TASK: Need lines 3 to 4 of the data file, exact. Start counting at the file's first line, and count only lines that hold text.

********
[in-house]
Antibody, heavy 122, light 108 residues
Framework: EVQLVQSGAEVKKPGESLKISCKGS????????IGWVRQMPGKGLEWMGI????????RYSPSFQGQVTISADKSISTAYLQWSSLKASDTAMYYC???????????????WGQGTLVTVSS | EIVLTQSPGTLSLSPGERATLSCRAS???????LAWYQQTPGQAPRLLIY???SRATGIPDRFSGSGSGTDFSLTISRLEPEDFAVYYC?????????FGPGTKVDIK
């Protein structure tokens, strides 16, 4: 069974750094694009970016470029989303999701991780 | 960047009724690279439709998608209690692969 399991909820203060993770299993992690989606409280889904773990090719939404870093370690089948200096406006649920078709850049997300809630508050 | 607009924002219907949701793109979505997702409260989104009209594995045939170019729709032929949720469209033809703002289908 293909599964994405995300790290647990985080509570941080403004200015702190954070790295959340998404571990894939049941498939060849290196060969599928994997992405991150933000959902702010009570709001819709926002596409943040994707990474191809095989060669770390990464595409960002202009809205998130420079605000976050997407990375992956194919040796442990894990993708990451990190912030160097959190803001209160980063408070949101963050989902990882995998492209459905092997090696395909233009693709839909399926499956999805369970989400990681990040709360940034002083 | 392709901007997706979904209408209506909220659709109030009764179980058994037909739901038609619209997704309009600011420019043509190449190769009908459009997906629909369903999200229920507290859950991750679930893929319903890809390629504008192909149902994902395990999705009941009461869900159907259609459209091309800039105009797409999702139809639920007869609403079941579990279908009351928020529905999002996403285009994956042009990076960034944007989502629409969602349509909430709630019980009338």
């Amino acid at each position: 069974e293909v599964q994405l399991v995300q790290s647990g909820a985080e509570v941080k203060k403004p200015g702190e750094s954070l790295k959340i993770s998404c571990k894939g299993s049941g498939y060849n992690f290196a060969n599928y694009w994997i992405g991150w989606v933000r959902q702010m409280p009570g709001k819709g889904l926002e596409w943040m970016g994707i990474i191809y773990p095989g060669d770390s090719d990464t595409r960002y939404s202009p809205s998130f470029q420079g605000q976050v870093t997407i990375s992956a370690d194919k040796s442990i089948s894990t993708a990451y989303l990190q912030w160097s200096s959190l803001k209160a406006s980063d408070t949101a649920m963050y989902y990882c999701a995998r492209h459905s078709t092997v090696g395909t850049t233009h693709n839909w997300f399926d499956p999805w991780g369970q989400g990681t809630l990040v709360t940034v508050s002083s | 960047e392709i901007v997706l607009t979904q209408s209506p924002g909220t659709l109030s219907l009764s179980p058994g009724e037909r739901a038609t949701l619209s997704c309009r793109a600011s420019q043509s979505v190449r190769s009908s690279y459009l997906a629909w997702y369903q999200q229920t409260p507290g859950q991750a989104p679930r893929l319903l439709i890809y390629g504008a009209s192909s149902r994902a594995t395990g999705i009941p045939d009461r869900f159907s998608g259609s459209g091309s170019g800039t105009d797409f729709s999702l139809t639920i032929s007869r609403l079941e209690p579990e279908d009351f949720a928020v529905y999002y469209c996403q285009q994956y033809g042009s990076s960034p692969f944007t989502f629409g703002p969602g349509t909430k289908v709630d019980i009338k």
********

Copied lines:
Framework: EVQLVQSGAEVKKPGESLKISCKGS????????IGWVRQMPGKGLEWMGI????????RYSPSFQGQVTISADKSISTAYLQWSSLKASDTAMYYC???????????????WGQGTLVTVSS | EIVLTQSPGTLSLSPGERATLSCRAS???????LAWYQQTPGQAPRLLIY???SRATGIPDRFSGSGSGTDFSLTISRLEPEDFAVYYC?????????FGPGTKVDIK
């Protein structure tokens, strides 16, 4: 069974750094694009970016470029989303999701991780 | 960047009724690279439709998608209690692969 399991909820203060993770299993992690989606409280889904773990090719939404870093370690089948200096406006649920078709850049997300809630508050 | 607009924002219907949701793109979505997702409260989104009209594995045939170019729709032929949720469209033809703002289908 293909599964994405995300790290647990985080509570941080403004200015702190954070790295959340998404571990894939049941498939060849290196060969599928994997992405991150933000959902702010009570709001819709926002596409943040994707990474191809095989060669770390990464595409960002202009809205998130420079605000976050997407990375992956194919040796442990894990993708990451990190912030160097959190803001209160980063408070949101963050989902990882995998492209459905092997090696395909233009693709839909399926499956999805369970989400990681990040709360940034002083 | 392709901007997706979904209408209506909220659709109030009764179980058994037909739901038609619209997704309009600011420019043509190449190769009908459009997906629909369903999200229920507290859950991750679930893929319903890809390629504008192909149902994902395990999705009941009461869900159907259609459209091309800039105009797409999702139809639920007869609403079941579990279908009351928020529905999002996403285009994956042009990076960034944007989502629409969602349509909430709630019980009338």